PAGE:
CJFM's Corsair Arrives

     Classic Jets Fighter Museum has salvaged a WWII Corsair. This fighter is Vought F4U-1 Corsair, 02270 which forced landed, in a lagoon, out of fuel, near Quoin hill airfield on the north coast of Vanuatu island of Efate on May 5, 1944.

     The Corsair was flown by Capt. James A.Vittitoe who force landed the Corsair after four hours and twelve minutes of flight. His was one of twelve Corsairs escorting thirty six SBD's on a bomber training mission, and as well as his force landing, two other F4U Corsairs were lost.

     The fuselage was removed many years ago and although the remaining outer wings and centre section are badly corroded, ( Sixty five years in the lagoon certainly hasn’t improved their condition!! ), they serve as a good basis for a static rebuilt Corsair. Permission was sought and approved from the Vanuatu Cultural Centre to export the Corsair, along with a satisfactory financial arrangement with the Corsairs land owner.

     As the restoration of the CJFM's Bell P-39 Airacobra A53-12 came to a close, individual CJFM volunteers transferred to the Corsair as their work on the P-39 concluded. The first stage was to build up of the new outer wings.

Click on any image to enlarge.

f4u1
f4u2
f4u3
f4u4
f4u5
The F4U-1 Corsair 02270 ran out of fuel on the downward leg to land at Quion hill fighter strip and was put down safely in the adjoining lagoon. After pilot Capt. James Vittitoe was brought ashore the guns and usable equipment were removed from the Corsair and then it was abandoned in the lagoon.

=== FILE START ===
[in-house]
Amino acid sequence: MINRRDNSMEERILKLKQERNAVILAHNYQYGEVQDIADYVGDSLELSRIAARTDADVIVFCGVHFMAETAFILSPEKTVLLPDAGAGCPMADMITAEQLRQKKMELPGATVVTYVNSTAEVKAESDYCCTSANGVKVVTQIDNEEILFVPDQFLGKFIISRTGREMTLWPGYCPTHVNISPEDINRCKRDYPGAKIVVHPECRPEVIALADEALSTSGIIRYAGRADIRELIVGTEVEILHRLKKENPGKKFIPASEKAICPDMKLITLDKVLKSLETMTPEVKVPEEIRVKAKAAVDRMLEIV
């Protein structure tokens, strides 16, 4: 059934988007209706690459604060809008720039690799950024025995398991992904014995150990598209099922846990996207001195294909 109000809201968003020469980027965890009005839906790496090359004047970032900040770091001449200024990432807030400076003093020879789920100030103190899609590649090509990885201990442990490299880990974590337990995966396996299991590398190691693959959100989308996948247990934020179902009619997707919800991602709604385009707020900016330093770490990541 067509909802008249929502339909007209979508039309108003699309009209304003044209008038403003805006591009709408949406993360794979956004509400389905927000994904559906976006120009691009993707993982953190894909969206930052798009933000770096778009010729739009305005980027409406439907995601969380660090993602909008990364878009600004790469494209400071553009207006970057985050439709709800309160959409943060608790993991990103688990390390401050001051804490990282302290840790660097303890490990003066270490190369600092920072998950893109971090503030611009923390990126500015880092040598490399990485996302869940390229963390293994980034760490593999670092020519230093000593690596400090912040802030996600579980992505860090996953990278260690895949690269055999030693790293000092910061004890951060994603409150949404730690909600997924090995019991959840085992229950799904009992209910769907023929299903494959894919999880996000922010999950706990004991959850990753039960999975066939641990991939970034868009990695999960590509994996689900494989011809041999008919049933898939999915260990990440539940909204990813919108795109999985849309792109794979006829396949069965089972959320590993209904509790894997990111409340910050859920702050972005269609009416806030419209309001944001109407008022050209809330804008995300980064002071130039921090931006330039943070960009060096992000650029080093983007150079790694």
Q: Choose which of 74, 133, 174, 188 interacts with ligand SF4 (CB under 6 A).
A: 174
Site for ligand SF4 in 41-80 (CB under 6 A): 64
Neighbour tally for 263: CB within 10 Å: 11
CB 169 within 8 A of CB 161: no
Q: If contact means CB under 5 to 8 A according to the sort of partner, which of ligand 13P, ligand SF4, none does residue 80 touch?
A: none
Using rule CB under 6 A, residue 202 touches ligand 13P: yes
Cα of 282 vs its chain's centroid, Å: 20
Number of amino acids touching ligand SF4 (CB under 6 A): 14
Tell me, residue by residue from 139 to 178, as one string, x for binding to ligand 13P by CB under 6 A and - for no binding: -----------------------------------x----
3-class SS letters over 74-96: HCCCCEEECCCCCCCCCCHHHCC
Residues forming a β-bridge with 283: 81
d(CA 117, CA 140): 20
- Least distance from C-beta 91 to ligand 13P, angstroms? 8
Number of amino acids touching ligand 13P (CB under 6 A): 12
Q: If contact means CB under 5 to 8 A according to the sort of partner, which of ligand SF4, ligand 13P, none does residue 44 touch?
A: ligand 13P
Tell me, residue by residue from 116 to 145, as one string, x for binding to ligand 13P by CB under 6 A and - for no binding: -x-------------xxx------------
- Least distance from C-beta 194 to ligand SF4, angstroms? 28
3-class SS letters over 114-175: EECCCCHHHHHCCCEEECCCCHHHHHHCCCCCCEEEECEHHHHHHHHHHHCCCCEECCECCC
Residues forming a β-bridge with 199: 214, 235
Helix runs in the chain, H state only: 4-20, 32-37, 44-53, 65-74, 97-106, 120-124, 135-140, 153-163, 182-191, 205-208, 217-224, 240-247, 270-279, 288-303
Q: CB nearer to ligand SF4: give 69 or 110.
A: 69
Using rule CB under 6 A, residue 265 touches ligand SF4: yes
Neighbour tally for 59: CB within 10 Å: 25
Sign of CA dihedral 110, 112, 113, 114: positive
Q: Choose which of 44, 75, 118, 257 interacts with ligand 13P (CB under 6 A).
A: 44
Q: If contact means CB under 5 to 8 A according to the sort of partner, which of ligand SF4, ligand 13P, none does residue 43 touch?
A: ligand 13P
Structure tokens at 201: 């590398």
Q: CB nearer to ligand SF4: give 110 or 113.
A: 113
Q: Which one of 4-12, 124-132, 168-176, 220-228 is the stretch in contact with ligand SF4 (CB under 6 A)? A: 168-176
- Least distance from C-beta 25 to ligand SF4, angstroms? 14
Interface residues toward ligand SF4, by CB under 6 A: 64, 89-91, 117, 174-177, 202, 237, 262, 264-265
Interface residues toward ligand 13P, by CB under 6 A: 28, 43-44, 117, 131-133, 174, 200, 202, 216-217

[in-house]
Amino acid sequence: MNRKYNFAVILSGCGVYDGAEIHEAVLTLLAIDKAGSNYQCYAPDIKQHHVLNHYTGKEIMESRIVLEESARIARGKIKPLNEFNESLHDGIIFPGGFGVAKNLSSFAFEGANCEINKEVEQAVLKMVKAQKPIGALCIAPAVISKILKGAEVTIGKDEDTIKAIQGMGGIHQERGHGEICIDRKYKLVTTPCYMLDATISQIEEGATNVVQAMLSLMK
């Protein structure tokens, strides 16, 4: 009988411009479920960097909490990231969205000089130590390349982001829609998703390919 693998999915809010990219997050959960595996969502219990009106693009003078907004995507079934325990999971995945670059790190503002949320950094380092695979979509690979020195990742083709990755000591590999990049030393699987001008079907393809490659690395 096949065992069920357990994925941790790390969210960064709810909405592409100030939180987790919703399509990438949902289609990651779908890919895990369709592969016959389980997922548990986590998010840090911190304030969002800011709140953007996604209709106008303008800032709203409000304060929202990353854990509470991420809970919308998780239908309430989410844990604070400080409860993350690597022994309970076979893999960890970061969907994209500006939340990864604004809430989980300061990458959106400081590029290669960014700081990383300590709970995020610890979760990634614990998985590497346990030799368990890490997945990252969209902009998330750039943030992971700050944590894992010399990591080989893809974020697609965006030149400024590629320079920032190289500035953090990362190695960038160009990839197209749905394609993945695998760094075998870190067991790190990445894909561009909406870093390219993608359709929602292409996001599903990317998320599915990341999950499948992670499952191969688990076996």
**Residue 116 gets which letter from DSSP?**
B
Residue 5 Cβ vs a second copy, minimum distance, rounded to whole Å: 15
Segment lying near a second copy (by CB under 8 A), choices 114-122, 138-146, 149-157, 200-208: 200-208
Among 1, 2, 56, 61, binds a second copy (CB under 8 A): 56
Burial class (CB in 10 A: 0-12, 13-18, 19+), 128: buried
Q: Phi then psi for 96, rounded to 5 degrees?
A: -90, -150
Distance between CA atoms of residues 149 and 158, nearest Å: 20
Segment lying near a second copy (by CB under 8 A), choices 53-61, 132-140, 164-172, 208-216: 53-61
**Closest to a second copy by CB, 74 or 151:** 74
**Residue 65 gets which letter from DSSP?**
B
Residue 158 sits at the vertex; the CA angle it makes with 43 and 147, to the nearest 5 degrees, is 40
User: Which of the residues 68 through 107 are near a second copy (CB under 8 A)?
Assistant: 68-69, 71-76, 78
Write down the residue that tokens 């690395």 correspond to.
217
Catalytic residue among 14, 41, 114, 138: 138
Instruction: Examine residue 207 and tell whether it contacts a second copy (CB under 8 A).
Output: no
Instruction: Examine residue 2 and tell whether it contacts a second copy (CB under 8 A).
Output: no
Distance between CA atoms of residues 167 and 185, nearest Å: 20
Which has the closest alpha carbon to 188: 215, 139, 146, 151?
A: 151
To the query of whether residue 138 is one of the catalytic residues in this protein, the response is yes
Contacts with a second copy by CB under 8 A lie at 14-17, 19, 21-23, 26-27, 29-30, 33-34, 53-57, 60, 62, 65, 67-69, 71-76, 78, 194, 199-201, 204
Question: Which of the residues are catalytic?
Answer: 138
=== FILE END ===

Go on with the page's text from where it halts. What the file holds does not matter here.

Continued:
The F4U-1's outer wings and centre section were thoroughly cleaned for AQIS inspection and release before removal to the Classic Jets Fighter Museum.
Although badly corroded the Corsair's centre section will serve as a reference with all usable components being incorporated in the Corsair restoration project.
The port outer wing was placed in a jig for study and reference to reproduce new wing components.
Construction has commenced on a pair of new outer wing assemblies. It is early times with a lot to learn about restoring a Corsair. Forming tools are being made and materials have been bought into stock.
Starboard traling edge made using the original corroded wing as a template.
Tailplane from another Corsair (right) was borrowed so that we were able to replicate it.
The small beginnings of a very large job. Work commences on the front section of the fuselage
The spar is attached to the front of the fuselage to check fit and alignment.
Port wing offerred up to the spar to check fit and alignment